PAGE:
It turned out the Haddrells were one of the first people to settle in Abbotsford and had the first hotel. There was 3 kids and Bud had remained at home his whole life. There was receipts from all the rentals they had in the town and they never increased the rent.
There was pictures of Bud dancing in Bavaria with women. A newspaper article about him and his collection of antiques. He had a collection of antique cuckoo clocks including the first one ever made, he had the original Pinochio puppet, and he said his prized possession was the Hanging Judge Roy Bean’s wood stove.
When I started reading the pieces of paper I had collected I realized I had his journal. He talked about the Dummies a lot, he made a note that the “Dummies” were on the corner and the time etc. There were several notes that said “invite someone in and see what you get”
I found a hydro bill where he had paid the hydro 5 years in advance; thus why the yard light kept going on at night.
And I found notes he wrote about having to get home before dark; before the Dummies showed up. My stomach started to flip; I realized I was no longer reading some old guys boring journal this man had been afraid. It took me hours but I put all the pages in chronological order and started from the beginning.
He was a generous man (there were many thank you cards from many people for the donations he had made, gifts he had given, going back years and years) and in 1984 he took a homeless man home and fed him. His house was full of treasures and I gather this fellow told other people; drug addicts who all started robbing this man.
He wrote about them showing up in a car and a woman he called the Lady in Red; who acted interested in him. They gave him a drink that he suspected had a drug in it and they made him go to the bank and take out money.
Other notes talked about him locking himself in his bedroom, reading his bible and praying while he heard them in the rest of the house rummaging through his things. He watched them walking down his driveway with so much stuff in their arms they were dropping things. He wrote to himself, don’t go pick it up. He wrote of them watching his house and he was trying to hide money they wouldn’t find. He told his sister they were robbing him and she laughed and said he was crazy that he should have them for tea.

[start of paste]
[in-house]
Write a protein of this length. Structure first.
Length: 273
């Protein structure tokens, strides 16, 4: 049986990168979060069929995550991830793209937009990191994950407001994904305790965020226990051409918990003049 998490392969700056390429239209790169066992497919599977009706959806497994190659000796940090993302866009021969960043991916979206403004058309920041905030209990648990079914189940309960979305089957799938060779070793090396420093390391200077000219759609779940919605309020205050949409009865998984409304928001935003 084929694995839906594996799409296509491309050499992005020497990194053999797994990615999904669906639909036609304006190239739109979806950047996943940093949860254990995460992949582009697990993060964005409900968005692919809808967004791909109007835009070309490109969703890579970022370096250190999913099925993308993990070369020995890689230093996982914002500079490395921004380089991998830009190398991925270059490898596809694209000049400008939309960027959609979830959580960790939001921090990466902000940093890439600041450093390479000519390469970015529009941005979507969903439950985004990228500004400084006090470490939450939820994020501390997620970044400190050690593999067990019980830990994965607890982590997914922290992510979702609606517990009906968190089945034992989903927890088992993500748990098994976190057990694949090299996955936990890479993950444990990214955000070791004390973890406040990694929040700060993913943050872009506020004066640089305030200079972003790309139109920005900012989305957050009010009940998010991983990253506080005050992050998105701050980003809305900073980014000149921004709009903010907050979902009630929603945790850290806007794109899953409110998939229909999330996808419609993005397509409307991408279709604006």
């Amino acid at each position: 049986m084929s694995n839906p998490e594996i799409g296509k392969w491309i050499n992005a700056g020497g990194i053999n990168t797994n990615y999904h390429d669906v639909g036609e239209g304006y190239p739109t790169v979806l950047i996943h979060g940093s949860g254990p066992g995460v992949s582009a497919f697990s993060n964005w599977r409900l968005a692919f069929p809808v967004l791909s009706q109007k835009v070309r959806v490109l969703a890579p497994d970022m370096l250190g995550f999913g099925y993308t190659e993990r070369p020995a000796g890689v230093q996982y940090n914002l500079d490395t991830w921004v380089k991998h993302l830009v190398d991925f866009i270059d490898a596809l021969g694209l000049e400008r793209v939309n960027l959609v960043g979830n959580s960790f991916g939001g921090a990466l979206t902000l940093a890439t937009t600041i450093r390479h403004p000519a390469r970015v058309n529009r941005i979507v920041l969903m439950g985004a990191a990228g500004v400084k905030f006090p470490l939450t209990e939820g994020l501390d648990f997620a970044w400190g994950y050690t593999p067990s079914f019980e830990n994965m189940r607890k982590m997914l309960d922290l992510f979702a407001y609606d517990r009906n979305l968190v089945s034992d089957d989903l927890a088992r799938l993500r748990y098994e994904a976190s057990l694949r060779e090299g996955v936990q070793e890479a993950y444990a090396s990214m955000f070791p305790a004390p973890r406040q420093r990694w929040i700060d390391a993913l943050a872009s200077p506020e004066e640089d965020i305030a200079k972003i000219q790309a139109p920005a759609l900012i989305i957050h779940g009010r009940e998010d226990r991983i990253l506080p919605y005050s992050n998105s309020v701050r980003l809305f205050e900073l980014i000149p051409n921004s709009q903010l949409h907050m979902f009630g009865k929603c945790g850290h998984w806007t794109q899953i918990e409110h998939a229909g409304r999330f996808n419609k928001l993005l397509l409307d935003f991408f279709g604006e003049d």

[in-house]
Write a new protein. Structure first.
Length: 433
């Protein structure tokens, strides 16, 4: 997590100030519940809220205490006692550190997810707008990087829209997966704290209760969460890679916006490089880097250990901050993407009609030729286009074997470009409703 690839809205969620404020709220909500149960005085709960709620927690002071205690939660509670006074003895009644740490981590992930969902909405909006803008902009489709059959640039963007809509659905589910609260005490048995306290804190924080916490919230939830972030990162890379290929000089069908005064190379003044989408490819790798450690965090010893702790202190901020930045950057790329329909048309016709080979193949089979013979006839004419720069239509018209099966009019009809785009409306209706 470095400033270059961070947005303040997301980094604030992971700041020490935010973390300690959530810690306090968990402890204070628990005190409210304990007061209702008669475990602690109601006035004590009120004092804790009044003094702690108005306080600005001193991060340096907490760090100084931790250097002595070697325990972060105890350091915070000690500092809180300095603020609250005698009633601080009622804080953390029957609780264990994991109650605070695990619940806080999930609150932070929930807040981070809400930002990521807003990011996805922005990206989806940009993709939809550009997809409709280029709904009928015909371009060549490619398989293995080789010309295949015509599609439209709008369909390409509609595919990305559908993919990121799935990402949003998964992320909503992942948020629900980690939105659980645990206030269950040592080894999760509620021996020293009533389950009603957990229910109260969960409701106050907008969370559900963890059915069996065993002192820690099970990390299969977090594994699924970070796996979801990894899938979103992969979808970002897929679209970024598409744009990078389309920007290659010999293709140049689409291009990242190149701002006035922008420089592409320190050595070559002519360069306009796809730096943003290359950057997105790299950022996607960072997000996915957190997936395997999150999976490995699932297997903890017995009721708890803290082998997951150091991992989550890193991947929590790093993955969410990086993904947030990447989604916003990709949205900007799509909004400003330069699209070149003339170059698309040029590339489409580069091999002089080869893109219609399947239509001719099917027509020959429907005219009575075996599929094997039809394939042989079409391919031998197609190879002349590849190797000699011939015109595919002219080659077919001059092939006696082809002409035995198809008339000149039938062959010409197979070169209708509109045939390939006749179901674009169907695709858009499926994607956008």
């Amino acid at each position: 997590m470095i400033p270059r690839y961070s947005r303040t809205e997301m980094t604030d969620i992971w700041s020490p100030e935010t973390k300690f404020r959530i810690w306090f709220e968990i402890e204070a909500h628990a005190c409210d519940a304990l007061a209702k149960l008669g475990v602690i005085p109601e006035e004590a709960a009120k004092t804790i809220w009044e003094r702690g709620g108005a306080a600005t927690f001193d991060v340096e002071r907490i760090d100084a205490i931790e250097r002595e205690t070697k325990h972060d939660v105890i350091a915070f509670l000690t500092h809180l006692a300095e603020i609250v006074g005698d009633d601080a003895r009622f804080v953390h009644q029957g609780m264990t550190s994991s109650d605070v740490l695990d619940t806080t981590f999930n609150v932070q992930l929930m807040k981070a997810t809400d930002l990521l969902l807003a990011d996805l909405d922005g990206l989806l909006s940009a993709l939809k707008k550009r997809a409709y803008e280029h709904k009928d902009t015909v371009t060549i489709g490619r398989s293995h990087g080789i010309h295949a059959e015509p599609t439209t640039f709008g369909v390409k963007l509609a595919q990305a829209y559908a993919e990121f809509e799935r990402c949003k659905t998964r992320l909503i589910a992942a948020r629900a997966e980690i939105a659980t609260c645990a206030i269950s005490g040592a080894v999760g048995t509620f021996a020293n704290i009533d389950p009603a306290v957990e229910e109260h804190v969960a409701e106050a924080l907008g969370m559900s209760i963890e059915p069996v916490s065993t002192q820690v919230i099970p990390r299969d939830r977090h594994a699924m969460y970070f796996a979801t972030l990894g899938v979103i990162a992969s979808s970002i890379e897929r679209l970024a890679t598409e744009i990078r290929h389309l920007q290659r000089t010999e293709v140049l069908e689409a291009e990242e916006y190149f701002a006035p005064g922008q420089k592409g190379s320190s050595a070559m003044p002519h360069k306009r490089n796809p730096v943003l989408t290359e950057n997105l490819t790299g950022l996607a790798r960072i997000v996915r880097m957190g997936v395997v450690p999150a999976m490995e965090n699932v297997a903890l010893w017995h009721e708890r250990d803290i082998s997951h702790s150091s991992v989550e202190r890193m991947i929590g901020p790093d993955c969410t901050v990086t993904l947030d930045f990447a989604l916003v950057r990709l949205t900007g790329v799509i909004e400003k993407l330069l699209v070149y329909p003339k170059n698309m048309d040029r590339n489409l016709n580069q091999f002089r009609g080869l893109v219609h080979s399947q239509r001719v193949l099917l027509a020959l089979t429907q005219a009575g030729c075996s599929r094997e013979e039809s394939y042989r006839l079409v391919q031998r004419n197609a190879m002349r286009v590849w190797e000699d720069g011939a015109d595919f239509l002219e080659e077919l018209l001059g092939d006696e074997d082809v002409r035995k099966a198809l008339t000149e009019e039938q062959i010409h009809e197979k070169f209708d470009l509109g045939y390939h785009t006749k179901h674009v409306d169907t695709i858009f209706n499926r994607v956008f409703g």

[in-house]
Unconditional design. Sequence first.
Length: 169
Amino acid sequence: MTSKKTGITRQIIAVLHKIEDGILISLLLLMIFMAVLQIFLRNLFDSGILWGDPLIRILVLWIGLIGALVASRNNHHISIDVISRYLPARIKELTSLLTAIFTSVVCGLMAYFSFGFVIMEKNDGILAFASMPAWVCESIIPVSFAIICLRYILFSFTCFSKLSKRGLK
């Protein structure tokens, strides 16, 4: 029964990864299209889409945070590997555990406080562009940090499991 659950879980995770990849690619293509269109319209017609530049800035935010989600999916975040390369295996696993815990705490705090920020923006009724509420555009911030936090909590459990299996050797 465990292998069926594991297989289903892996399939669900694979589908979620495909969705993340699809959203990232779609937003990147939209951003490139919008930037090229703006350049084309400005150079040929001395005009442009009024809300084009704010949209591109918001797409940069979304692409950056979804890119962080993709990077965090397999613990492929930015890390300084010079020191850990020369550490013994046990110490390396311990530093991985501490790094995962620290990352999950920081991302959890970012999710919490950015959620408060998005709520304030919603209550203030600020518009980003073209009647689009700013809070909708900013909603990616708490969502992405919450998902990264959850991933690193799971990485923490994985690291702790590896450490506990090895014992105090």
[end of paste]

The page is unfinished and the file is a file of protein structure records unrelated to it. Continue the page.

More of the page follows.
I was sobbing reading how this went on for 15 years and no one helped this man. JC started asking around town about him and heard that he wasn’t dead; he was in the hospital dying of cancer.
Oh yeah! His birth date was the same as mine April 5th only 1911. JC decided to go visit the old guy but when he got there the nurses said the old guy had just gone to sleep. He hadn’t slept all night, he kept asking is he here yet? They didn’t know who he was talking about. We were going to go another day but he died before we got around to it.
It bothered me horribly that this poor man had been tormented like this. Then one day we were at a friends and the guy had gotten a free utility trailer but it had an old wood stove in it and he took JC to show him. The minute JC saw it he knew it was the wood stove we had seen in the newspaper article. He reached inside it and pulled out a pair of old railway engineer overalls (haddrell’s favorite thing to wear) a 1/2 pack of smokes, a really old $10 bill and a note. The note said;
“Would whoever finds this stove please return it to its rightful owner the Province of BC Barkerville”
JC couldn’t believe his eyes and told our friend “this is the Hanging Judge Roy Bean’s wood stove” the friend didn’t have a clue who the hanging judge was so we filled him in on the whole story. Once he knew it was an important piece of history he refused to part with it. For two years we bugged the guy trying to get the stove off of him or get him to return it to Barkerville.